Tuesday, November 20, 2012

Comfort foods

Tonight a group of my high school friends will be coming over for appetizers and desserts, just as they did the Tuesday before Thanksgiving last year. Thursday, we’ll host Thanksgiving dinner for thirteen (a thought that would have horrified my maternal grandmother, who was superstitious and never seated thirteen at the table. But I’m hoping the fact that we’re actually dividing the group between two tables mitigates the potential for bad luck). In early December, it will be time for the annual cookie exchange, an evening of food, wine and conversation, at the end of which we all take home dozens of Christmas cookies made by each other. And once that party is over, we’ll start our yearly candy-making for Christmas gifts.

It feels good to be welcoming back these seasonal rituals. Their sameness is soothing. When I told Holly on Saturday that the annual gathering of high school friends was in just a few days, she responded, “Yay, chocolate chip cheesecake!” She remembers correctly. I’ll make chocolate chip cheesecake for that gathering, pumpkin pie and apple crisp for Thanksgiving, eggnog cheesecake and a peppermint chocolate layer cake for the cookie exchange.

All of these are foods we don’t eat the rest of the year, and there’s no particular reason that each recipe came to be assigned to one particular event. But I appreciate the sense of tradition behind it. There’s no reason to associate chocolate chip cheesecake with my high school friends and chocolate peppermint cake with the cookie exchange group. It just took hold that way.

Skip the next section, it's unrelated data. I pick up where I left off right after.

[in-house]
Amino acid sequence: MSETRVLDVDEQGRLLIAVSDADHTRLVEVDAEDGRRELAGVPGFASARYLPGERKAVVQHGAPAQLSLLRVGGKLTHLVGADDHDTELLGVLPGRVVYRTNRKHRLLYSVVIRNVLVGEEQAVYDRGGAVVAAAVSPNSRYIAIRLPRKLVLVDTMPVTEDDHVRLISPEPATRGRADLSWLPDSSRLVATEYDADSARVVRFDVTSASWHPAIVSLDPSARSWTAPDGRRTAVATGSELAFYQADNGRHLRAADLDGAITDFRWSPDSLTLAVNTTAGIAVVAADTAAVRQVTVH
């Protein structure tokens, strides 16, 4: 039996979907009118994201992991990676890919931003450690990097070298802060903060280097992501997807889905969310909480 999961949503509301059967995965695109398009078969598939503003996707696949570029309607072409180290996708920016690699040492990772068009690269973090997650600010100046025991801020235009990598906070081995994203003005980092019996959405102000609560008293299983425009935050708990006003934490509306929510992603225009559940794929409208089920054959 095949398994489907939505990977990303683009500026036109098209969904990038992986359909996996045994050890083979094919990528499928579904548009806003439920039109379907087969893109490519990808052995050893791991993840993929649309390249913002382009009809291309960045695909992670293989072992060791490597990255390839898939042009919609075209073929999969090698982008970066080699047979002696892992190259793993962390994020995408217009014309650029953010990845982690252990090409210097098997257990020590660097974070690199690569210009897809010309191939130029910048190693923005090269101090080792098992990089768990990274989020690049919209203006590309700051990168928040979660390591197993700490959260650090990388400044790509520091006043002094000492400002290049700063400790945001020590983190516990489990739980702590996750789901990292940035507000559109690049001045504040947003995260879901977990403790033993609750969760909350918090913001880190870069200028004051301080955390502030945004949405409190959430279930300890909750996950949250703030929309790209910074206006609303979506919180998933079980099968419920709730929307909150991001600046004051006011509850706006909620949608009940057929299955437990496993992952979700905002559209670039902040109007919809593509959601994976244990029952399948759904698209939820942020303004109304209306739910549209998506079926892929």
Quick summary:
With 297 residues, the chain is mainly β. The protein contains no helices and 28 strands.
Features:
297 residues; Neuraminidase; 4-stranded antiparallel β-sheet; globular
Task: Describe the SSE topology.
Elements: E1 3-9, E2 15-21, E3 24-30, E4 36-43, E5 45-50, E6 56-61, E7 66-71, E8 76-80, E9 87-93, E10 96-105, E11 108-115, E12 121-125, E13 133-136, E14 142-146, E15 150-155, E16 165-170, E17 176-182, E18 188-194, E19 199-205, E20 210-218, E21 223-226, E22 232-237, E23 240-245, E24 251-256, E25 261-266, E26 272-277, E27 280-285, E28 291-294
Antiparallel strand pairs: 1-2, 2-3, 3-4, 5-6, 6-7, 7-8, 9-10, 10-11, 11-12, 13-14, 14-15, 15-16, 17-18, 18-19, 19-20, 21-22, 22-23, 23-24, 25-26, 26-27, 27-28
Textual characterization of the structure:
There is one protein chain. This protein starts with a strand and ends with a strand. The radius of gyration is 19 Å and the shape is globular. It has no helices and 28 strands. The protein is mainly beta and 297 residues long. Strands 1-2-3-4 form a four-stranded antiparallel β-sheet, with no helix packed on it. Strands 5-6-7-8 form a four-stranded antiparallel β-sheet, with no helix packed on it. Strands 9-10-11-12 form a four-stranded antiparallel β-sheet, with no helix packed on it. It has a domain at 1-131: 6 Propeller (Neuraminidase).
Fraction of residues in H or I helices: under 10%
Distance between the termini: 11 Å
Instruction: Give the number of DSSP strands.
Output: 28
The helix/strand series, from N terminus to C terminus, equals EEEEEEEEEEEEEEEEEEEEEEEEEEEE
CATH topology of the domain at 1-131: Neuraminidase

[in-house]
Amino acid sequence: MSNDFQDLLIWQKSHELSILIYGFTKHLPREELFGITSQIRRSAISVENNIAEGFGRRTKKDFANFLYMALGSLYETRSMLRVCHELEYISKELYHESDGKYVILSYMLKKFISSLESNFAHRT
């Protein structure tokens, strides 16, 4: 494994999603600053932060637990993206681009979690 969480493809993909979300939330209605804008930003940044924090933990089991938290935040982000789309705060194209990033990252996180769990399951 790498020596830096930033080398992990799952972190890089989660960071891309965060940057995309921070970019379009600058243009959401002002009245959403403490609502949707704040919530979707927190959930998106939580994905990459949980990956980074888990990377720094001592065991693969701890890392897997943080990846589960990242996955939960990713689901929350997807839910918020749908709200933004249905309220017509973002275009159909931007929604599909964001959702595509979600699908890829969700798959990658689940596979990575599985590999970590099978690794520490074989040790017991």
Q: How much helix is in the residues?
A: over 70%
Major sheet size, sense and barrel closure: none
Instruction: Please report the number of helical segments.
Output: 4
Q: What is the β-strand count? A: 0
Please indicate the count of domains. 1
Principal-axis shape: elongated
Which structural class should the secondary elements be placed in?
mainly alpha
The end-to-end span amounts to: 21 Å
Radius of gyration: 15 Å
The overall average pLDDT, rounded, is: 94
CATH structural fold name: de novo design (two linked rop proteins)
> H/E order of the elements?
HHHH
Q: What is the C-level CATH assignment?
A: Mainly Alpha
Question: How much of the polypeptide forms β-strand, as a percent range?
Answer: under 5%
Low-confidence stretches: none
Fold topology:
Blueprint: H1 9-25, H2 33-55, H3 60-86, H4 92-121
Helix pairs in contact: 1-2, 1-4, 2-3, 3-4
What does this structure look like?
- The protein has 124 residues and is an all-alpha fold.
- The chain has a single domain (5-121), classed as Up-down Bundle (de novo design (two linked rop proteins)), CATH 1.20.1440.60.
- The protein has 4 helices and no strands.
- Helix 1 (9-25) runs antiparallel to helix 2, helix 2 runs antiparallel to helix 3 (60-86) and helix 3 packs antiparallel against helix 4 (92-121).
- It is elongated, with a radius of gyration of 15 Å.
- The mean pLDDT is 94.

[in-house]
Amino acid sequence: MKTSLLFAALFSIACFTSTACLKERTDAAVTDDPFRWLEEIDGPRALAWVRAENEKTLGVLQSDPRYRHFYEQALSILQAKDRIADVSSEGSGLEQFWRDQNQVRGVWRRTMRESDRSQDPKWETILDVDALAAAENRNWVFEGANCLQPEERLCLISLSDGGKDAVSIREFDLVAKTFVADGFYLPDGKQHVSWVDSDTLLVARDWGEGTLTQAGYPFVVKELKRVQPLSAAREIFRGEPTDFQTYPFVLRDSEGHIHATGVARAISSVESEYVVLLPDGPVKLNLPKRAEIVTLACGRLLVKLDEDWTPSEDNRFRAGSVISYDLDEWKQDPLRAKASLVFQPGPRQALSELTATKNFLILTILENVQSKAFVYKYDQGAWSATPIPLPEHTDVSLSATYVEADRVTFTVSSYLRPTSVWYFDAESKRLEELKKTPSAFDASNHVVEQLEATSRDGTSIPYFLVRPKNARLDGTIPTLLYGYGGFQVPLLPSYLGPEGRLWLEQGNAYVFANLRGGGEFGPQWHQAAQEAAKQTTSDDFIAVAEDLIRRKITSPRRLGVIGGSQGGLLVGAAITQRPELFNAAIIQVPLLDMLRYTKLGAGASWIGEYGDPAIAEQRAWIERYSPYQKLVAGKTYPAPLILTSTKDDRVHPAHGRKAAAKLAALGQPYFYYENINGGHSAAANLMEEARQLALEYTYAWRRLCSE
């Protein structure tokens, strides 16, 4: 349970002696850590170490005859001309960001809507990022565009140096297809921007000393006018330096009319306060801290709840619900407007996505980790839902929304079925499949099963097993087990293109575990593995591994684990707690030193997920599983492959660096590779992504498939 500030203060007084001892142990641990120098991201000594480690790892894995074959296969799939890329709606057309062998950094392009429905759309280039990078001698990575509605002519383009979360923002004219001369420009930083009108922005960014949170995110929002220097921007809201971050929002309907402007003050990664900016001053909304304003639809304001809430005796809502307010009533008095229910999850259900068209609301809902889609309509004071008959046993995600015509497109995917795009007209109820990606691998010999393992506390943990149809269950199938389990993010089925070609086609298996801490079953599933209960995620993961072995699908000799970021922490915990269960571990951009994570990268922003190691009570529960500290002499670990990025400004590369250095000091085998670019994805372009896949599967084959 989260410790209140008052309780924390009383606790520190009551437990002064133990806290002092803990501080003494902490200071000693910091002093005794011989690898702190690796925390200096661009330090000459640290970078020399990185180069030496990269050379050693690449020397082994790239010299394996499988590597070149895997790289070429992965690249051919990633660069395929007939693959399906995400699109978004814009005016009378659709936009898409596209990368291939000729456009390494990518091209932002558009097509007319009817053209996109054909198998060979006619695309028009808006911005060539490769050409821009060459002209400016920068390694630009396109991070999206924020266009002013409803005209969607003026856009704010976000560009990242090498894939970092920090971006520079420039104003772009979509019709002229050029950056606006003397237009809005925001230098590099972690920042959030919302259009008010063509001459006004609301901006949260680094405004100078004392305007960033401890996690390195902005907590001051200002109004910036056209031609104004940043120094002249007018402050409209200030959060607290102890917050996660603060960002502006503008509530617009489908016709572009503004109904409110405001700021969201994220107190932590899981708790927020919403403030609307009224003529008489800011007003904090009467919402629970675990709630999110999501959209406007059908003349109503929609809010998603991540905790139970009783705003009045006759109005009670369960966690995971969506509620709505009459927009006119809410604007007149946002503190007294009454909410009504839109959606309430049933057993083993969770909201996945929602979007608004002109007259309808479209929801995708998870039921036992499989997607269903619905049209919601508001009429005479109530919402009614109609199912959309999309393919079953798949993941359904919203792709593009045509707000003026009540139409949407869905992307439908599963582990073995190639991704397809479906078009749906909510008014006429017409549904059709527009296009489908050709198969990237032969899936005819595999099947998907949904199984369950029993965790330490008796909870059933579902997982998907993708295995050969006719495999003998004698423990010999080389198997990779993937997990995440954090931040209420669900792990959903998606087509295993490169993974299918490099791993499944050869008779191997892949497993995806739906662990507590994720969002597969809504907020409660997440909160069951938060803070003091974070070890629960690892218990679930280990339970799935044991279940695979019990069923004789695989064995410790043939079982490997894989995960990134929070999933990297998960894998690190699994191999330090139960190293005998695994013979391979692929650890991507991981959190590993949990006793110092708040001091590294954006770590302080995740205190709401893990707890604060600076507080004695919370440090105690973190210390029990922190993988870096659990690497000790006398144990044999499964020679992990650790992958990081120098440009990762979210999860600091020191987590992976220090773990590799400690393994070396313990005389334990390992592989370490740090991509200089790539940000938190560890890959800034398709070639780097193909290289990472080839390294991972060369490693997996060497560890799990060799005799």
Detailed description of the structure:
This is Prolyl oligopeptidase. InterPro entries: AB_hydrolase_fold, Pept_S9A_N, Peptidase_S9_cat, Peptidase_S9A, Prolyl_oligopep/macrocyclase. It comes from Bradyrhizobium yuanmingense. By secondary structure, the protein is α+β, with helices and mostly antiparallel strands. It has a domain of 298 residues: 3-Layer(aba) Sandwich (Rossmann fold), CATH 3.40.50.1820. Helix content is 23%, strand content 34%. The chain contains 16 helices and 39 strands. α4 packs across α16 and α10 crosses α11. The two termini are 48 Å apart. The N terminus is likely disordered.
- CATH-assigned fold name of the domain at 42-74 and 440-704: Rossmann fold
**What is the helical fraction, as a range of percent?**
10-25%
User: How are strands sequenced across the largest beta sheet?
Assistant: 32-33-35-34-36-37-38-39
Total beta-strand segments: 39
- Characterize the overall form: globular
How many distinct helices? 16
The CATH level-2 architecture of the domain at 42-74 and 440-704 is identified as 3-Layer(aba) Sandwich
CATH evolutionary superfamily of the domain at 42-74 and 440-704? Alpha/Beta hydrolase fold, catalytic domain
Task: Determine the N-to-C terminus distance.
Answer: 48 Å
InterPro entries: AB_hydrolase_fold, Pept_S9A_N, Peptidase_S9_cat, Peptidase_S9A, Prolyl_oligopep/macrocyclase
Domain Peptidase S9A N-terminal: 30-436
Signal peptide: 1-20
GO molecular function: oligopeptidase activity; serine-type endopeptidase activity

Cooking traditions can be such a welcome ritual in uncertain times. We host Thanksgiving every year; most years I try to experiment with one or two new dishes, but I never worry about it, knowing the old favorites will always be, well, the favorites; and yet there’s always room for something different. The roasted squash salad tradition dates back to 2006, when my friend Nicole gave me the recipe, and everyone has come to expect it, but the idea of making turducken rather than traditional turkey is one Tim came up with just this year. We’ll find out if it sticks or not.

I’m finding it reassuring to pull out the annual recipes: the apple crisp recipe in my mother’s handwriting on a tattered recipe card; the recipe for chocolate mousse pie (which is always another choice for Thanksgiving dessert, alongside the apple crisp and pumpkin pie) printed out from an email address I haven’t had in seven years.

At every party and get-together, everyone is appreciative of the food no matter what I make; sometimes I worry that I wouldn’t even know if no one liked my cooking because they’re just glad I’m willing to host these events. And that could be true; they could be thinking “Oh please, not the roasted squash salad again!” But unless I ever hear that, I’ll turn back once again to the familiar favorites. It’s part of what makes this time of year feel so familiar, so ritualistic, and so dear.


No comments:

Post a Comment